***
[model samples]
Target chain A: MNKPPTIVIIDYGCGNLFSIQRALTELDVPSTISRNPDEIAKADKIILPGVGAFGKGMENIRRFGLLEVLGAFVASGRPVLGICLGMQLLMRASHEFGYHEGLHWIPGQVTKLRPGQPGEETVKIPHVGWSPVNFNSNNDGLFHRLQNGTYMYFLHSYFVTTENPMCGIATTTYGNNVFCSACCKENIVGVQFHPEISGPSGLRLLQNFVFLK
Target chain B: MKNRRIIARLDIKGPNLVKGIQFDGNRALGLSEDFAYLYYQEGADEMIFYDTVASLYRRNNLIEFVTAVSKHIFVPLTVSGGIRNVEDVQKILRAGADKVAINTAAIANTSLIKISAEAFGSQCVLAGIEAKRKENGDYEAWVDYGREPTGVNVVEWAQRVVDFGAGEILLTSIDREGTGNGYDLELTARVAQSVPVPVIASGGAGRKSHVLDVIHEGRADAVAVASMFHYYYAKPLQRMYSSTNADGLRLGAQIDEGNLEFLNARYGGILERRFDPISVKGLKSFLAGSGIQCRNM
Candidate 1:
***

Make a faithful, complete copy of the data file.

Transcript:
[model samples]
Target chain A: MNKPPTIVIIDYGCGNLFSIQRALTELDVPSTISRNPDEIAKADKIILPGVGAFGKGMENIRRFGLLEVLGAFVASGRPVLGICLGMQLLMRASHEFGYHEGLHWIPGQVTKLRPGQPGEETVKIPHVGWSPVNFNSNNDGLFHRLQNGTYMYFLHSYFVTTENPMCGIATTTYGNNVFCSACCKENIVGVQFHPEISGPSGLRLLQNFVFLK
Target chain B: MKNRRIIARLDIKGPNLVKGIQFDGNRALGLSEDFAYLYYQEGADEMIFYDTVASLYRRNNLIEFVTAVSKHIFVPLTVSGGIRNVEDVQKILRAGADKVAINTAAIANTSLIKISAEAFGSQCVLAGIEAKRKENGDYEAWVDYGREPTGVNVVEWAQRVVDFGAGEILLTSIDREGTGNGYDLELTARVAQSVPVPVIASGGAGRKSHVLDVIHEGRADAVAVASMFHYYYAKPLQRMYSSTNADGLRLGAQIDEGNLEFLNARYGGILERRFDPISVKGLKSFLAGSGIQCRNM
Candidate 1: